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How Factors Perpetuate Violent Crimes Against Women Criminology Essay

Paper Type: Free Essay Subject: Criminology
Wordcount: 3051 words Published: 1st Jan 2015

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This essay will examine how individual, social, and cultural factors cause and perpetuate violent crimes against women. These three elements have created a gendered inverse power relation with in society that permeates into a multiplicity of social phenomenon and in fact has been the primary factors in constructing the order of power with in society. Through individual, social, and cultural factors, power maximization has become increasingly more complex with in human civilizations. These complexities are due to a number of different social factors that influence humans on an individual and collective scale. This essay is a brief composition summarizing male aggression against female victims, particularly sexual violence and physical assaults, that attempt to reinforce the inverse power relation between the two genders. First, a brief background from a constructionist perspective will be presented to convince the reader of the severity of sexual violence and physical assaults. Then this essay will explore individual, social, and cultural theories that attempt to explain the causes of violent crimes against women. Finally, this essay will argue that when there is genuine equality between females and males, gender crime will decrease.

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Within the social sciences, especially with statistical reporting, there is much controversy on the frequency and severity of this almost one-way street in gender violence. According to Harway and O’Neil (1999, p. 5) approximately three to four million women are victims of gender violence each year in the United States. However, because the majority of female sexual assault victims know their assailants, the victim is often too scared or embarrassed to report the crime and thus the likelihood of prosecution decreases (Jones 2006, p. 443). Statistics reflect only crimes reported to the police. So therefore, Harway and O’Neil’s (1999, p. 5) approximation of three to four million female victims a year may be an underestimate. One study even suggests that ‘fewer than 30% of [rape] crimes are reported to the police’ (Rennison 2009). Prior to the 1970s, the law required substantial evidence of an alleged rape in corroboration with a convincing testimony because of the common belief that women often falsely reported being sexually assaulted as a form of retribution against a man. Although the law has changed and this belief is not as common in today’s society, sexual assault victims often feel stigmatized by the thought of not having enough proof to convict an assailant, leaving them to feel embarrassed about the possibility of having a testimony rejected in court (Rennison 2009). Also prior to the 1970s feminist movement, gender inequalities were much more overt and explicit and it falsely asserted that males are superior to females (Henslin J. 2006, pp. 264-247). This paradigm has constructed a social relationship between females and males in every aspect of life that can still be identified today. That is because it has encapsulated all social institutions, including politics, civil life, and economics, among others.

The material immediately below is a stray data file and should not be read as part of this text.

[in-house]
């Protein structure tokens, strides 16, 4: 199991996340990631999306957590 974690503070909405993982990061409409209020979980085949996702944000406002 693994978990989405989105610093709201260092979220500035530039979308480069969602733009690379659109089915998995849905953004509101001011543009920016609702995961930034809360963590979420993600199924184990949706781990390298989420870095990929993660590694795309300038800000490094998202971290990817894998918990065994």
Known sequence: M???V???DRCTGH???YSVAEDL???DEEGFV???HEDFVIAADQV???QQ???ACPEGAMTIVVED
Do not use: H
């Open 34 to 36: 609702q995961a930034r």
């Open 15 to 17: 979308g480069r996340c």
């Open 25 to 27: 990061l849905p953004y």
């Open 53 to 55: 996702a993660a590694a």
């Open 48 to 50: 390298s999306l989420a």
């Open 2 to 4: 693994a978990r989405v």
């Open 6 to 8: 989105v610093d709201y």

Patriarchy, a society in which authority is vested in males, is a near universal human phenomenon that develops adversarial relationships between genders (Kottak 1997, p. 241). These patriarchic societies allow for the socialization of a distorted gender-role that has historically resulted in gender oppression, denial of basic human rights, and crime against women (White & Haines 2008, p. 108). It can, therefore, be concluded that because patriarchy has become a norm in society, sexism and inverse power relations among the genders are, for the most part, imperceptible and near universal (ed. Cunneen 2008, pp. 291-302). Anthropologists and evolutionary psychologists have widely agreed that there is substantial evidence from proto-humans and other primates that male sexual coercion and female resistance to it suggest that sexual conflicts underlie patriarchy (Smuts 1995, pp. 1-32). With this in mind, it is evident that adversarial relationships between genders are deeply rooted into human biology, human evolutionary past, and is reflected in the contemporary construct of culture. Although this may be true, genetics and evolutionary processes alone do not dictate human choice. However, genetics and evolutionary processes have universally constructed culture, which in turn impose norms on how humans interact with each other, which includes sexual violence and physical assaults (Smuts 1995, pp. 1-32).